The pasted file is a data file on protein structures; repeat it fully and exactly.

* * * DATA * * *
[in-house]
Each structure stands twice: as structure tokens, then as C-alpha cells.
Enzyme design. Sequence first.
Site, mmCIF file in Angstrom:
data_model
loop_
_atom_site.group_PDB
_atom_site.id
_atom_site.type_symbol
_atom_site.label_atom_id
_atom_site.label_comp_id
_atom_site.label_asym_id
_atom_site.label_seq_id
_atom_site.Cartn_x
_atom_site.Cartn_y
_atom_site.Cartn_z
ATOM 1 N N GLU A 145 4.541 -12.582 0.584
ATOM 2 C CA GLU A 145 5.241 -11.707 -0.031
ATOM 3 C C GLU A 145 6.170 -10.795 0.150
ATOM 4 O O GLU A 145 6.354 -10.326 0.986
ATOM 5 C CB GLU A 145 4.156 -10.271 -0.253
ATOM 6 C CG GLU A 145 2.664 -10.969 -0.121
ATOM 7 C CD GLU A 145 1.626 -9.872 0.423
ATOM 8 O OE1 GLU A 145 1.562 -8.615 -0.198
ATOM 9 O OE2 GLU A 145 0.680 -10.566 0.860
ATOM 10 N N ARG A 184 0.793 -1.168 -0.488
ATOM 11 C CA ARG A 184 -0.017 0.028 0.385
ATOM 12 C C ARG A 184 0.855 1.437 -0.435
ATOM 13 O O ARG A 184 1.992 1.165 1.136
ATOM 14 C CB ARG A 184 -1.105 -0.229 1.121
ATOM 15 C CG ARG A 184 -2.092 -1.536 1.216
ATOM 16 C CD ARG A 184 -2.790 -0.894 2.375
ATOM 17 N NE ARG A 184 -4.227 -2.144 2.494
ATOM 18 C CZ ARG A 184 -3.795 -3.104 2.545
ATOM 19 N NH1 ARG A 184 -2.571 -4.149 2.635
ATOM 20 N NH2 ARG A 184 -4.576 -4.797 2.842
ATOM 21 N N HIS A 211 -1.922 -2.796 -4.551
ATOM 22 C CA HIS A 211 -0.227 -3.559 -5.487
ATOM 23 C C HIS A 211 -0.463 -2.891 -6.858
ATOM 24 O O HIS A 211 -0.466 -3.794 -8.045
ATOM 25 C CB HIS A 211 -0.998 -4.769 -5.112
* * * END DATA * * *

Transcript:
[in-house]
Each structure stands twice: as structure tokens, then as C-alpha cells.
Enzyme design. Sequence first.
Site, mmCIF file in Angstrom:
data_model
loop_
_atom_site.group_PDB
_atom_site.id
_atom_site.type_symbol
_atom_site.label_atom_id
_atom_site.label_comp_id
_atom_site.label_asym_id
_atom_site.label_seq_id
_atom_site.Cartn_x
_atom_site.Cartn_y
_atom_site.Cartn_z
ATOM 1 N N GLU A 145 4.541 -12.582 0.584
ATOM 2 C CA GLU A 145 5.241 -11.707 -0.031
ATOM 3 C C GLU A 145 6.170 -10.795 0.150
ATOM 4 O O GLU A 145 6.354 -10.326 0.986
ATOM 5 C CB GLU A 145 4.156 -10.271 -0.253
ATOM 6 C CG GLU A 145 2.664 -10.969 -0.121
ATOM 7 C CD GLU A 145 1.626 -9.872 0.423
ATOM 8 O OE1 GLU A 145 1.562 -8.615 -0.198
ATOM 9 O OE2 GLU A 145 0.680 -10.566 0.860
ATOM 10 N N ARG A 184 0.793 -1.168 -0.488
ATOM 11 C CA ARG A 184 -0.017 0.028 0.385
ATOM 12 C C ARG A 184 0.855 1.437 -0.435
ATOM 13 O O ARG A 184 1.992 1.165 1.136
ATOM 14 C CB ARG A 184 -1.105 -0.229 1.121
ATOM 15 C CG ARG A 184 -2.092 -1.536 1.216
ATOM 16 C CD ARG A 184 -2.790 -0.894 2.375
ATOM 17 N NE ARG A 184 -4.227 -2.144 2.494
ATOM 18 C CZ ARG A 184 -3.795 -3.104 2.545
ATOM 19 N NH1 ARG A 184 -2.571 -4.149 2.635
ATOM 20 N NH2 ARG A 184 -4.576 -4.797 2.842
ATOM 21 N N HIS A 211 -1.922 -2.796 -4.551
ATOM 22 C CA HIS A 211 -0.227 -3.559 -5.487
ATOM 23 C C HIS A 211 -0.463 -2.891 -6.858
ATOM 24 O O HIS A 211 -0.466 -3.794 -8.045
ATOM 25 C CB HIS A 211 -0.998 -4.769 -5.112